Canines are typically used as the standard preclinical model to gauge the success of vascular graft materials. However, canines spontaneously re-endothelialize vascular grafts, whereas humans do not, even after years. This raises questions of why there are differences in vascular healing between humans and other species and whether the canine is the appropriate preclinical model. In the present study we evaluated human and canine endothelial cell (EC) migration on the novel cross-linked collagen biomaterial PhotoFix(TM) pericardium. We compared in vitro migration of these cells on PhotoFix alone and on PhotoFix adsorbed with various growth factors (aFGF and bFGF) and adhesion proteins (fibronectin, collagen IV, vitronectin, and laminin). We also compared human and canine ECs in terms of their morphologies and prostacyclin production. We found that human umbilical vein ECs (HUVECs) and canine ECs (CECs) migrated well on PhotoFix, suggesting that this biomaterial may be a good vascular graft candidate. Both cell types responded similarly to different growth factors and adhesive proteins, but HUVEC migration was consistently higher than that for CECs. This suggested that human in vivo graft re-endothelialization is likely not hindered by poor endothelial migration but is hindered by other cellular or graft properties.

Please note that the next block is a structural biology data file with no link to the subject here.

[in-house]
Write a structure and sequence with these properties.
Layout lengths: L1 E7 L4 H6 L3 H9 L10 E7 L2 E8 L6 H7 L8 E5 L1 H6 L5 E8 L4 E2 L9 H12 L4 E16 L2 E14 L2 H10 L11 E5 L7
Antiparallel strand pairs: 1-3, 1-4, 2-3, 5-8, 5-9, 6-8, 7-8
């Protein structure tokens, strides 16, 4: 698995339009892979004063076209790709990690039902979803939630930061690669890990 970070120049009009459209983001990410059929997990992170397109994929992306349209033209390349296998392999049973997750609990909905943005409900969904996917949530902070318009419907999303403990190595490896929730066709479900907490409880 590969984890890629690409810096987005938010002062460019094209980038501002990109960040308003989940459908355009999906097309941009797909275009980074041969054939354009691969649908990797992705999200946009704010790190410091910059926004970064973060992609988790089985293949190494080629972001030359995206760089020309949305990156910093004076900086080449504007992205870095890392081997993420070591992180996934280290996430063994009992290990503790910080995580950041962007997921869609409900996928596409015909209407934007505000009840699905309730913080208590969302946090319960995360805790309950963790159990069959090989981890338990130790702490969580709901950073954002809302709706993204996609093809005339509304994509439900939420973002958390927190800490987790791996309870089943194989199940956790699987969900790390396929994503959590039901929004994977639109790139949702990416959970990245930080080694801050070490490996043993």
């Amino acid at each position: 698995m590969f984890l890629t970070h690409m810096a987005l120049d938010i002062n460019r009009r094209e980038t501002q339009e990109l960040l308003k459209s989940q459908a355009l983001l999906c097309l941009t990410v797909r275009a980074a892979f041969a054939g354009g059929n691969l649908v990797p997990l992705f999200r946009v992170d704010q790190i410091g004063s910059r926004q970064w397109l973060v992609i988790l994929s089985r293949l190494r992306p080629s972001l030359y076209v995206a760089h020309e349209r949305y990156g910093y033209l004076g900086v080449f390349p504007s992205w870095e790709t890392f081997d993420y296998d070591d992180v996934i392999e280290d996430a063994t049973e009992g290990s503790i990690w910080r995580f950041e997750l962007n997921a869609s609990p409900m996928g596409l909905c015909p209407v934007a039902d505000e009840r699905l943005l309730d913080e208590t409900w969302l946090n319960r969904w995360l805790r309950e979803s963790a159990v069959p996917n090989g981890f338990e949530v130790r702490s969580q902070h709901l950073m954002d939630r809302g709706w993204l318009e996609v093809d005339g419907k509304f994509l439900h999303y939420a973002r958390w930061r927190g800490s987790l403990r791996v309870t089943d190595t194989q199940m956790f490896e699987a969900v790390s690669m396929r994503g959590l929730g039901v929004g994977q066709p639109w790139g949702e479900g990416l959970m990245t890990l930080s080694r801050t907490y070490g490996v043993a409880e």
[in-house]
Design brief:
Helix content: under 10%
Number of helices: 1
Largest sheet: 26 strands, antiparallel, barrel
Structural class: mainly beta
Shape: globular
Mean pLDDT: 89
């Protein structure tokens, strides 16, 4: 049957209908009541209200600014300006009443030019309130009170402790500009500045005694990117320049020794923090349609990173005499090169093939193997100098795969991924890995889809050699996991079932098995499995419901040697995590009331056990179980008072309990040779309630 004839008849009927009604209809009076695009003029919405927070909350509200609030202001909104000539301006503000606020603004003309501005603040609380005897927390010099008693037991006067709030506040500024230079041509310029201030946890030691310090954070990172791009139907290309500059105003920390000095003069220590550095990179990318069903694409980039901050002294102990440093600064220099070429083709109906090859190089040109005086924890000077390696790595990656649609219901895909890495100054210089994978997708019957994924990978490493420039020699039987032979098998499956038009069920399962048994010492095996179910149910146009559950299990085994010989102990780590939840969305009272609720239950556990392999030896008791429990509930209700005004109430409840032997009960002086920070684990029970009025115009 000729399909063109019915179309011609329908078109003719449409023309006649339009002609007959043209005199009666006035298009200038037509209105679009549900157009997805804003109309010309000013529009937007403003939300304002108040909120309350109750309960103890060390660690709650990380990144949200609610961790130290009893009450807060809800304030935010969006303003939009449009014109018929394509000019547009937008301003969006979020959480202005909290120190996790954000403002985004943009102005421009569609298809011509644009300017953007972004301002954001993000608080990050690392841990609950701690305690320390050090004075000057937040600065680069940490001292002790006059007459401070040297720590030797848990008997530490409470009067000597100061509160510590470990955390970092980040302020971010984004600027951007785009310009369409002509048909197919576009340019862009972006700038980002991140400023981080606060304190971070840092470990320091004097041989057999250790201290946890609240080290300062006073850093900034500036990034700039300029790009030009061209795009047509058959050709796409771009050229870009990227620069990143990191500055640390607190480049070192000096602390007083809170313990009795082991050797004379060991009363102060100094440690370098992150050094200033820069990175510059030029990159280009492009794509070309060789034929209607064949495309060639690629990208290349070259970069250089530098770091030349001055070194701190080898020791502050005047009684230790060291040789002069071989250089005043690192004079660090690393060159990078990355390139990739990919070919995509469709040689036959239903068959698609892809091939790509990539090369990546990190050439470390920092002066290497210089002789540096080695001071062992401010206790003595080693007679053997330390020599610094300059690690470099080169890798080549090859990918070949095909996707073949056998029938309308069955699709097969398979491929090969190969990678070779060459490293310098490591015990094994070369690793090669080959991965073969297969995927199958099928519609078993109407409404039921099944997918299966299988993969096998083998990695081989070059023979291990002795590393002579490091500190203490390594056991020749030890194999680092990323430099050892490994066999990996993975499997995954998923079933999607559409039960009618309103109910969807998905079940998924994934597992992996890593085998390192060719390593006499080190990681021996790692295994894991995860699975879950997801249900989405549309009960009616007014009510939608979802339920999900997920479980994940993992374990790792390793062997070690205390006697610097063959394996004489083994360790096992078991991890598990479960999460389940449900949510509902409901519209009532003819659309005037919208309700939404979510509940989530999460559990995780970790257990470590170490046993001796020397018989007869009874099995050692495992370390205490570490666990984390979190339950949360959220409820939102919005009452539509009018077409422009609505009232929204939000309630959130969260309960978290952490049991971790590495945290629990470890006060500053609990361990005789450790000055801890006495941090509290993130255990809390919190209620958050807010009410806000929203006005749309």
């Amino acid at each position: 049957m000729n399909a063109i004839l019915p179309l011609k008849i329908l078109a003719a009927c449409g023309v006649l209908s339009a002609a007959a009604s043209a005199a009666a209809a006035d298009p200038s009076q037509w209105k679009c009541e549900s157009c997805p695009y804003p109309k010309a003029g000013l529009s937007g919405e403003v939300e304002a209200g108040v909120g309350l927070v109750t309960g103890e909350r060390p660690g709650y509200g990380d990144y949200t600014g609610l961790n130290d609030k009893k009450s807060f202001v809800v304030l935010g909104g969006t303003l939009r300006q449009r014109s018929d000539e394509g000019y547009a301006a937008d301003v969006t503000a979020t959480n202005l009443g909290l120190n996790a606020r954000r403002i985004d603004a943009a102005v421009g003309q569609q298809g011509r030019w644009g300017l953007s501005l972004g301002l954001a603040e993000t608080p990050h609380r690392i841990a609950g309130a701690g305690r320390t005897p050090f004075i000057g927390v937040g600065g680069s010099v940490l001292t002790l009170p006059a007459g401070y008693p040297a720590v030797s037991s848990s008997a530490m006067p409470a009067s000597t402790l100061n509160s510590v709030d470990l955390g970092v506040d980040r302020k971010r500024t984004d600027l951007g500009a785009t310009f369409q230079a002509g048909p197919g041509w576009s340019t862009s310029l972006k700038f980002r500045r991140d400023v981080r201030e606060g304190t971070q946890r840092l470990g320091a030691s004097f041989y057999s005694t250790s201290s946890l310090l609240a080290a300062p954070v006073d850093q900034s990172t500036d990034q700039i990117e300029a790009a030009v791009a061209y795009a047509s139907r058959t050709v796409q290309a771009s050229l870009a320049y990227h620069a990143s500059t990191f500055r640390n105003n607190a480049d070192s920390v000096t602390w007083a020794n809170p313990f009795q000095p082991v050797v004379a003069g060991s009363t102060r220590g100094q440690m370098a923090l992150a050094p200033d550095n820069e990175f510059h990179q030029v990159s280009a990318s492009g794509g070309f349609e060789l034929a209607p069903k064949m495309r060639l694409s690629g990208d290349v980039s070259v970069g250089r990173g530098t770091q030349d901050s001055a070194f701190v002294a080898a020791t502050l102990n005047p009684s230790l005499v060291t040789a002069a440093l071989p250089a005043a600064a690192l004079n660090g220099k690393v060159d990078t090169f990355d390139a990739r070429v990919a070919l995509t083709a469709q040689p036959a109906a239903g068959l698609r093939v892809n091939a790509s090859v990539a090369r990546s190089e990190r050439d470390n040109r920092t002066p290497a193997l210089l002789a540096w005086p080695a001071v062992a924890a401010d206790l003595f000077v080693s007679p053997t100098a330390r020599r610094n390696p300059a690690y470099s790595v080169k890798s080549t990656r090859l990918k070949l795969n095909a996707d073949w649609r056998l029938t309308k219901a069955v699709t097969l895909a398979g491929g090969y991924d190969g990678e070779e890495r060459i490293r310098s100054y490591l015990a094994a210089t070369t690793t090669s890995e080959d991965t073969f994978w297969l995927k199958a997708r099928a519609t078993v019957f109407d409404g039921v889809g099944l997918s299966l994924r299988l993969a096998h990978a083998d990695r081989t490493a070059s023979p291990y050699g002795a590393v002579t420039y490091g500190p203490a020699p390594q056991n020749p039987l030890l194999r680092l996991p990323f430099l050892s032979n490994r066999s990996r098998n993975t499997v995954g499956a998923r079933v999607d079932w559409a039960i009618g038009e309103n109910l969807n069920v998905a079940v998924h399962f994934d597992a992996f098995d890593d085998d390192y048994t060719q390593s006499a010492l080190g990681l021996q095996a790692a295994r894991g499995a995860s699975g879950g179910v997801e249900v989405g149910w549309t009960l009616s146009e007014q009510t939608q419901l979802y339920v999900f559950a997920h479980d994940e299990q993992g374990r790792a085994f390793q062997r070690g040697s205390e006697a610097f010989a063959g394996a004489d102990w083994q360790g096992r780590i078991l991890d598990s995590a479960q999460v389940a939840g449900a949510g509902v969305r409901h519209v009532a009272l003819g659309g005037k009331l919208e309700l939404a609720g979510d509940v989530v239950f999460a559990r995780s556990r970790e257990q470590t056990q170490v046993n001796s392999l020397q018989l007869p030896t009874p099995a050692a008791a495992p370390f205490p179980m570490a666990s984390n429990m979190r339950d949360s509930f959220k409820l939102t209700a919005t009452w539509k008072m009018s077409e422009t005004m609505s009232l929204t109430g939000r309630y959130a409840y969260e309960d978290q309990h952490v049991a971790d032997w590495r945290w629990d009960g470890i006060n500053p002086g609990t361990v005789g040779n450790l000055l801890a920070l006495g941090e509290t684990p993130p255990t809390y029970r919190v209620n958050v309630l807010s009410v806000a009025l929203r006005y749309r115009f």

Copyright 2001 John Wiley & Sons, Inc. J Biomed Mater Res 56: 545--555, 2001.